After not getting any offers from teams after the 2014 season, he enrolled in Notre Dame’s Business Management and Entrepreneurial Program where he got his certification in business planning and financial strategy. He now works as a financial rep in Atlanta and also served as a sideline reporter for his alma mater of Clemson from 2015-2017.
3 Cedrick Wilson - Fired Teacher
Wilson is one of the few people on the planet who won a championship in high school, college (Tennessee) and the NFL (Steelers). He played four seasons with the 49ers before joining Pittsburgh from 2005-2007. He is best remembered for two things: breaking out during the team’s Super Bowl run in 2005 and for being arrested for assault on his girlfriend. The latter earned him his release from Pittsburgh in 2008 and that essentially ended his football career. He then became a high school teacher and coach but still couldn’t avoid trouble, as in 2012, he was indicted on federal charges for fraud. He had hired two people to take his teacher’s certification exams and this was a part of a larger scheme all over Tennessee and Arkansas.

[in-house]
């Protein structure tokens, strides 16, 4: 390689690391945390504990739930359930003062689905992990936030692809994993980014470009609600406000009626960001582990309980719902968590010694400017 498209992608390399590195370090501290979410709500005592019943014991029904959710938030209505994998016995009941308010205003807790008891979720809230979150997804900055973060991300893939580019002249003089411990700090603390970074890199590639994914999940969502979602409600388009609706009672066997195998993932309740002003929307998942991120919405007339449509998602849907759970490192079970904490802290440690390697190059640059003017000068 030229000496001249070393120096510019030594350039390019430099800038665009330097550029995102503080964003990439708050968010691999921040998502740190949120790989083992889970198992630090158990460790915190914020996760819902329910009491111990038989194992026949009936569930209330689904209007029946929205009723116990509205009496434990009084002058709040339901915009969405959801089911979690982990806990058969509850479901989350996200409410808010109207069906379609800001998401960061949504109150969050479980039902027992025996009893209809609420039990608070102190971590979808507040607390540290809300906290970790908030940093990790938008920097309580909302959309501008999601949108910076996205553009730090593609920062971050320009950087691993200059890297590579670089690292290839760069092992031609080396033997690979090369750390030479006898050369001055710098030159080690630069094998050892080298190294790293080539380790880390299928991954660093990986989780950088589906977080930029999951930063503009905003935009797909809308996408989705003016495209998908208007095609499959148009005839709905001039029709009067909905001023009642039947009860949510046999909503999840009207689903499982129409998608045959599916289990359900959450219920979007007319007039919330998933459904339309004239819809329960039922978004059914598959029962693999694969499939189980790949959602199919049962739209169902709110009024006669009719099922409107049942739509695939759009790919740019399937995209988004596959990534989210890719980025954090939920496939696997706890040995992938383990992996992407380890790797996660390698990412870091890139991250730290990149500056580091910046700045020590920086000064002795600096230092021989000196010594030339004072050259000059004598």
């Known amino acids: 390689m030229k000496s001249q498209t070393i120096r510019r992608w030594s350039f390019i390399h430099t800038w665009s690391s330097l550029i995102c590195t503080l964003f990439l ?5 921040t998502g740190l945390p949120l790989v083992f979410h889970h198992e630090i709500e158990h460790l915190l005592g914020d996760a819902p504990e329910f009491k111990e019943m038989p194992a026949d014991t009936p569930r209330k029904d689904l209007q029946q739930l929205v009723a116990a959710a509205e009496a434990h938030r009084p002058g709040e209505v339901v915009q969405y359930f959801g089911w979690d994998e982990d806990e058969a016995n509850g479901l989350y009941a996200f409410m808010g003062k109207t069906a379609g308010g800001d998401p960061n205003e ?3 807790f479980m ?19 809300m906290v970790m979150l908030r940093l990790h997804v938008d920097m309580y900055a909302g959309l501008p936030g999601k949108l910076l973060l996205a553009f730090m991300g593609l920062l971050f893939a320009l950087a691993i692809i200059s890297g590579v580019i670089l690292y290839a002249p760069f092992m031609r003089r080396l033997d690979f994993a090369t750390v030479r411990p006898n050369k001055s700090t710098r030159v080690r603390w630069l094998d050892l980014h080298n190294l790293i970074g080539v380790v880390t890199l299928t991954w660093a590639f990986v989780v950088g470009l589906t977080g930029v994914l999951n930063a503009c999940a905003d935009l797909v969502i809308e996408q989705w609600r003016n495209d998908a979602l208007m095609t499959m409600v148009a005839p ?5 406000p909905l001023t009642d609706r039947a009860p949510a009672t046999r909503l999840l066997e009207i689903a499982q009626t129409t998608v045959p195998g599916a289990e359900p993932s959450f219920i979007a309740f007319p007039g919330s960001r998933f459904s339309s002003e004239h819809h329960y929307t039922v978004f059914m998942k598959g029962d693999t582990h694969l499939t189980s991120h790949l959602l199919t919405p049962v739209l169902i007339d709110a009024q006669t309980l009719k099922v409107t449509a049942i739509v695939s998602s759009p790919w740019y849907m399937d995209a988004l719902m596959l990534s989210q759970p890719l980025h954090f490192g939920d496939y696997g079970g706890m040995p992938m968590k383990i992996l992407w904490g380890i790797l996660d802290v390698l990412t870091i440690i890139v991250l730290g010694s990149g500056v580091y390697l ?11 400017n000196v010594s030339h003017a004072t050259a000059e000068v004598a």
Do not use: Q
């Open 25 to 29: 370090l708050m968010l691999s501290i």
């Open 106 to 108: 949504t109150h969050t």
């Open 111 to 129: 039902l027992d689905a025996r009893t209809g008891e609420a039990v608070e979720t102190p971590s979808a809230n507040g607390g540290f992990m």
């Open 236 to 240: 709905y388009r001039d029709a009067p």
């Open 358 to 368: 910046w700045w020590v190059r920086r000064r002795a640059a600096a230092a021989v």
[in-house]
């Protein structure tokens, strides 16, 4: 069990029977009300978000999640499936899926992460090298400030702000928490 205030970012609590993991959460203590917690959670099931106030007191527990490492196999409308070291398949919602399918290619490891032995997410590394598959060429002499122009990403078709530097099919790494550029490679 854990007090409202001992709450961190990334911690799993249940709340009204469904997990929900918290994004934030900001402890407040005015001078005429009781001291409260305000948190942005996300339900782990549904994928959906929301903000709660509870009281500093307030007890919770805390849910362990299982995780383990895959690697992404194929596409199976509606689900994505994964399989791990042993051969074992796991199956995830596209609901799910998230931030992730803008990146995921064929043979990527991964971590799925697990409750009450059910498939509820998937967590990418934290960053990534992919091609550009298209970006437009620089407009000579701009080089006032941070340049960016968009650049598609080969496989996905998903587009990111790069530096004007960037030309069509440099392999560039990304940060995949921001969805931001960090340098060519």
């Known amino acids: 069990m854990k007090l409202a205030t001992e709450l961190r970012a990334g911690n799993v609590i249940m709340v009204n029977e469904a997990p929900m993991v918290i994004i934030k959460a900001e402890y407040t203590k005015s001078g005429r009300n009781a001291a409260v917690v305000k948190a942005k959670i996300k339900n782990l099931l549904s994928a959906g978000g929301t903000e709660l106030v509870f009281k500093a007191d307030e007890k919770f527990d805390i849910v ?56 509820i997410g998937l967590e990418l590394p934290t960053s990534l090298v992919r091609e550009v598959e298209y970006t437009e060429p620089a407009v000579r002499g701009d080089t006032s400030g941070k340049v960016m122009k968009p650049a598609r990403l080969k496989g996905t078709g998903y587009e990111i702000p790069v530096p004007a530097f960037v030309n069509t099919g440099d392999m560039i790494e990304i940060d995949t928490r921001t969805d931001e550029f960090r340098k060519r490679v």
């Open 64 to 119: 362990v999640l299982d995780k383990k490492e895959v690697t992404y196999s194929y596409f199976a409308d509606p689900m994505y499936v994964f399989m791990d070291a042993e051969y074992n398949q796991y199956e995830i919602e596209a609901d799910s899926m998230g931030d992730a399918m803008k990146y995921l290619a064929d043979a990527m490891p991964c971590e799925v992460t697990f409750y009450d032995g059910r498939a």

There’s no word on what Wilson is up to today, but his son, also named Cedric, was one of the top receivers in college football last season. He had over 1,200 yards and was on the Biletnikoff Award Watch List while at Boise State and the younger Wilson is now expected to be a mid-round pick in the 2018 NFL Draft.
2 Derek Moye - Sports Trainer